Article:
As many of the major developmental leagues reach their midway point in their seasons, the Sharks, like every other team, have prospects who have surprised and done well, and others who have struggled more than would be expected. This is a list of many of San Jose’s prospects, and their status. Next to their name is either a +, -, or = sign, signifying that they’ve either improved, declined or maintained their stock. Followed by vitals and statistical information. (stats as of 12-26-99 unless otherwise noted)
Eric Betournay = Center 4/30/81 6’1” 197lbs
Chicoutimi (QMJHL) 41GP 7G 18A 25PTS -13 32PIM
He may end out being a steal chosen in the 8th round, but still needs improvement. He simply doesn’t yet possess NHL skills, and needs to learn how to maintain control of the puck in traffic. He’s the type of player who needs strong players around him, or isn’t the most effective player. Playing on a weak Chicoutimi team is not helping.
Matt Bradley -/= Right Wing 6/13/78 6’2” 195lbs
Kentucky (AHL) 34GP 8G 9A 17PTS 44PIM +12
Not even one year ago, many considered goaltending as the one area where the Sharks seriously lacked prospects at. Now, several reports claim that the Sharks have the best depth of goaltending prospects in the NHL. While I believe that is exaggerated, the state of the Sharks goaltending has improved dramatically in the last year with the emergence of Johan Hedberg, Evgeni Nabokov, and Miikka Kiprusoff.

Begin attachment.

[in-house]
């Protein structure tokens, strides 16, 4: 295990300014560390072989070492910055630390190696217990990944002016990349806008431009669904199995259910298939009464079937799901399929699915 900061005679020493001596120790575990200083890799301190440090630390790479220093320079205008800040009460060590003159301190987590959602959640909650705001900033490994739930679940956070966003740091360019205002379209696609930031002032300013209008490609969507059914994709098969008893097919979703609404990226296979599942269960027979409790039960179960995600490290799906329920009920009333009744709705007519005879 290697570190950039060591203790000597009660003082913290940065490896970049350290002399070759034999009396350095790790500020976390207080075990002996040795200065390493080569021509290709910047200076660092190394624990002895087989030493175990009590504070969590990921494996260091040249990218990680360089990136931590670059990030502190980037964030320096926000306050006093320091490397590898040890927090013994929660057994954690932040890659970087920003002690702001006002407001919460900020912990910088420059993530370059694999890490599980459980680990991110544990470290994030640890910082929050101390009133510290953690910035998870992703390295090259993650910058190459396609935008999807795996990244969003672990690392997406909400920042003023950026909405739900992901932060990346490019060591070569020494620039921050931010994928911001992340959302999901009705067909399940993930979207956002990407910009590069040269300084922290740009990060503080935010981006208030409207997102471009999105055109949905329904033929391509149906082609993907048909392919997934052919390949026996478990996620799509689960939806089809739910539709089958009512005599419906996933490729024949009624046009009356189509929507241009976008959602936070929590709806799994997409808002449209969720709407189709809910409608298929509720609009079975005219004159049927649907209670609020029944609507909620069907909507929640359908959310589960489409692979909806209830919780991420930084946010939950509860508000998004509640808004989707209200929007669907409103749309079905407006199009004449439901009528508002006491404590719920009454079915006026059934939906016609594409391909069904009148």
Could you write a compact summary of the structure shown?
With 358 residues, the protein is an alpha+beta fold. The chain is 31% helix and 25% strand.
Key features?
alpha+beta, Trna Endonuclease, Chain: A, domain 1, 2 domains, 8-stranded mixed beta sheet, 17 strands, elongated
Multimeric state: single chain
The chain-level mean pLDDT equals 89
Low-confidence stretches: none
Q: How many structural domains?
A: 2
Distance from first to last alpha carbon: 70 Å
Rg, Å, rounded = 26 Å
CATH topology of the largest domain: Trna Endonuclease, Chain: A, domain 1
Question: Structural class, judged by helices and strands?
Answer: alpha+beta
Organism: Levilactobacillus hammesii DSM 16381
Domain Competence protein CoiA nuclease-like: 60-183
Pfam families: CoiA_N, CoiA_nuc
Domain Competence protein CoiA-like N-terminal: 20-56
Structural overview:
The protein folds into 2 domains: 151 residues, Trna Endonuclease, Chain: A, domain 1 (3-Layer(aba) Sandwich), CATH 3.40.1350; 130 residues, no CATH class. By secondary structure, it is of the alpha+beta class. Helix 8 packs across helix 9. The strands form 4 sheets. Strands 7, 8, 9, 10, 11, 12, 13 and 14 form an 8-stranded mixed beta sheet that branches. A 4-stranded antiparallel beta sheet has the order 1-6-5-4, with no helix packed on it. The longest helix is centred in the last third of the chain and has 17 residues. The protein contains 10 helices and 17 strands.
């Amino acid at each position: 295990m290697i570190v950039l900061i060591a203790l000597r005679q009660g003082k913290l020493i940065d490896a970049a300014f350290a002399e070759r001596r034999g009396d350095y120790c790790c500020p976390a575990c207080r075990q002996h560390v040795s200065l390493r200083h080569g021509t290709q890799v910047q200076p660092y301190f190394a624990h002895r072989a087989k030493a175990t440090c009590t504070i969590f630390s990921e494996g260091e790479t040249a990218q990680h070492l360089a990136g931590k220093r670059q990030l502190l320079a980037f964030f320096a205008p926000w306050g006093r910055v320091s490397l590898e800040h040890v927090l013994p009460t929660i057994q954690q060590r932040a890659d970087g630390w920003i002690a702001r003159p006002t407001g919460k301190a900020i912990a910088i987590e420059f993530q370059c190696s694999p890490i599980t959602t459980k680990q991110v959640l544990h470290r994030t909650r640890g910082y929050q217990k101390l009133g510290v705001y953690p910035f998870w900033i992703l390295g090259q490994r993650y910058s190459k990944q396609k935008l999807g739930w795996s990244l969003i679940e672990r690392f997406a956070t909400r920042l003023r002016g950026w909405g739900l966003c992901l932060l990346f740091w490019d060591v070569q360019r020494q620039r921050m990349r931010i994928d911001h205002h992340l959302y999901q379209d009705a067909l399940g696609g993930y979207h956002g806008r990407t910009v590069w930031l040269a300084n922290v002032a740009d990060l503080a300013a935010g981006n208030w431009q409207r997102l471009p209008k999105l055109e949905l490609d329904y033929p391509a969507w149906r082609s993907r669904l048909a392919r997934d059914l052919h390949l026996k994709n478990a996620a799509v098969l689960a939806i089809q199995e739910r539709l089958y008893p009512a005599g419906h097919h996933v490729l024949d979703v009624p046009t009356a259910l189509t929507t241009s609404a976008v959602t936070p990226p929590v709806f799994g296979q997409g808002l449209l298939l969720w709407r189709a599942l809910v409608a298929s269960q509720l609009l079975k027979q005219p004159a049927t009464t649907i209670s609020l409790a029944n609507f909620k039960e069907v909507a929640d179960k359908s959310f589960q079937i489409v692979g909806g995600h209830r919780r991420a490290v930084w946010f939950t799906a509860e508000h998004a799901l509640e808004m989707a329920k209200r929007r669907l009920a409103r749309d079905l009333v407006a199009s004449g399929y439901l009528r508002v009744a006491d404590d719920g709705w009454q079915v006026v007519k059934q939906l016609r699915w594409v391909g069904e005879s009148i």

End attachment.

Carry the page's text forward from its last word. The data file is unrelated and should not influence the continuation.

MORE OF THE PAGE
When it was announced that Nabokov would be moved to Cleveland of the IHL, many considered it as a sign they were unhappy with his play. I suggested that this was not the case at all, and that at the time, he remained the number one goalie in the Sharks system. I still contend that I was right then, whether he’s still the number one goalie now though, is in a little more question.
In terms of God given skill, Nabokov has plenty of it, in fact, he may have more than any goalie not in the NHL. That does not necessarily make him the best goalie though. Nabokov is a very athletic goalie, who often looks very much like Ed Belfour in net. He is capable of making any save that comes his way. There is one big difference though, Belfour is very good at knowing when to zig and when to zag, something Nabokov is still working on.
Perhaps more than any other team in the NHL, the San Jose Sharks will rely on youth to shoulder the load, and take them into, and hopefully far into, the playoffs. As with any team, there are key players on the Sharks who need to maintain their level of play. Players such as Vincent Damphousse who will be relied upon to maintain his scoring presence that he showed at the end of last year. Gary Suter who will be relied upon to lead the defensive core, and hopefully make a complete recovery from elbow problems last year. And of course, Mike Vernon who will be relied upon in goal along with Steve Shields, and most likely, be the main man come playoff time.